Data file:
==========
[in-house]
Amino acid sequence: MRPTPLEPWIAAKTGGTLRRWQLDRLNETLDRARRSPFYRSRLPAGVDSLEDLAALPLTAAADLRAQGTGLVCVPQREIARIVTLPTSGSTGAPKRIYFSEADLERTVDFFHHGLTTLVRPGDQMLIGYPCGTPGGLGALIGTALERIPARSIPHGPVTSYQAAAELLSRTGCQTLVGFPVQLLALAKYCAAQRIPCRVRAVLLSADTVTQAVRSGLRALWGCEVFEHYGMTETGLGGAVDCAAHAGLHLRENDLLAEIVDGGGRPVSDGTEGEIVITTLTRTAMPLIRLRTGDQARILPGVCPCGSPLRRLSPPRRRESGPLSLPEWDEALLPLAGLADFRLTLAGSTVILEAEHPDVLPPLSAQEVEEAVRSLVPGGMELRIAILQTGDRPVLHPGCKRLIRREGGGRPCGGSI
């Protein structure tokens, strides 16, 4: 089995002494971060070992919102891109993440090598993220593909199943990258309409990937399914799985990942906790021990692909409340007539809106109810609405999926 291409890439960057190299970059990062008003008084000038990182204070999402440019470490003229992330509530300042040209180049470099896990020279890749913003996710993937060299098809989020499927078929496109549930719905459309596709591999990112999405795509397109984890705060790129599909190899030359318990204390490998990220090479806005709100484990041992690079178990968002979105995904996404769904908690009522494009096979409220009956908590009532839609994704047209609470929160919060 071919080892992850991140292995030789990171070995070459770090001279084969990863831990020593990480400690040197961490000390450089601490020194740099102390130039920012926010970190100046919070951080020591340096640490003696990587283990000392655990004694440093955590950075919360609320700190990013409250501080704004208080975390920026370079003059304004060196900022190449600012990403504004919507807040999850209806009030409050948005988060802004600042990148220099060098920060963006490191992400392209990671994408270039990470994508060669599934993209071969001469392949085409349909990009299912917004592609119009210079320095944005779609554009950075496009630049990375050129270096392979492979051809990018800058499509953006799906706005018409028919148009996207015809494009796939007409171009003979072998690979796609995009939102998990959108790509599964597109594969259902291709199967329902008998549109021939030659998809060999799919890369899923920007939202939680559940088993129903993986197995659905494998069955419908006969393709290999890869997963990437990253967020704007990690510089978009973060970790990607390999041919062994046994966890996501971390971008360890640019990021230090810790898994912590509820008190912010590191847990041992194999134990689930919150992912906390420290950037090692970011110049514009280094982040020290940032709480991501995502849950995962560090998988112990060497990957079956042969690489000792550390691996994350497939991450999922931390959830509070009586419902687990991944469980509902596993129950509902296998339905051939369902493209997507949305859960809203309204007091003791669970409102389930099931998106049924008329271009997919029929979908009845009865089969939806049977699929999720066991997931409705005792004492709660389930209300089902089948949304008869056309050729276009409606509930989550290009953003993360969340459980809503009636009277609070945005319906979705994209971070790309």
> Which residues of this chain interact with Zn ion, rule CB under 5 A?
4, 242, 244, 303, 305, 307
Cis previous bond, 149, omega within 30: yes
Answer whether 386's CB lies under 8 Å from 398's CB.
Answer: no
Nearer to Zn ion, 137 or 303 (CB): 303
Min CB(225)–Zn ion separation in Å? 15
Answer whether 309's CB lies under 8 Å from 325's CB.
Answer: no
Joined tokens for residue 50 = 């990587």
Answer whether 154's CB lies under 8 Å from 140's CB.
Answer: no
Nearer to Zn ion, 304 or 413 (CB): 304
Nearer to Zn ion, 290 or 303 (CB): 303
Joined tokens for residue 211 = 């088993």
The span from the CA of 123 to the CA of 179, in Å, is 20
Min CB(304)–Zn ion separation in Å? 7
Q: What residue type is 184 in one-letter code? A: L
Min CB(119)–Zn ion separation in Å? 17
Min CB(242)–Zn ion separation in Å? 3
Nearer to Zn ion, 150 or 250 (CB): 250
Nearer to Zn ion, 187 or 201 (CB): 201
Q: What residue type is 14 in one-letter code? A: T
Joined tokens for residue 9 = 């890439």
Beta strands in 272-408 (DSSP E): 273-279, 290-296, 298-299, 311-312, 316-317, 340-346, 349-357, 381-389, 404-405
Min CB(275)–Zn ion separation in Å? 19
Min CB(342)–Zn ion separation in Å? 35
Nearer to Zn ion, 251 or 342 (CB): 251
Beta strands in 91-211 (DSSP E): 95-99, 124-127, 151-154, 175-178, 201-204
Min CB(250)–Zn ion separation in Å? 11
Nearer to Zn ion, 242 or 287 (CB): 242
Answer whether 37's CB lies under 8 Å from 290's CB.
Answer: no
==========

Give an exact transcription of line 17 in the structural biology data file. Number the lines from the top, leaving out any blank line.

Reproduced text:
Nearer to Zn ion, 290 or 303 (CB): 303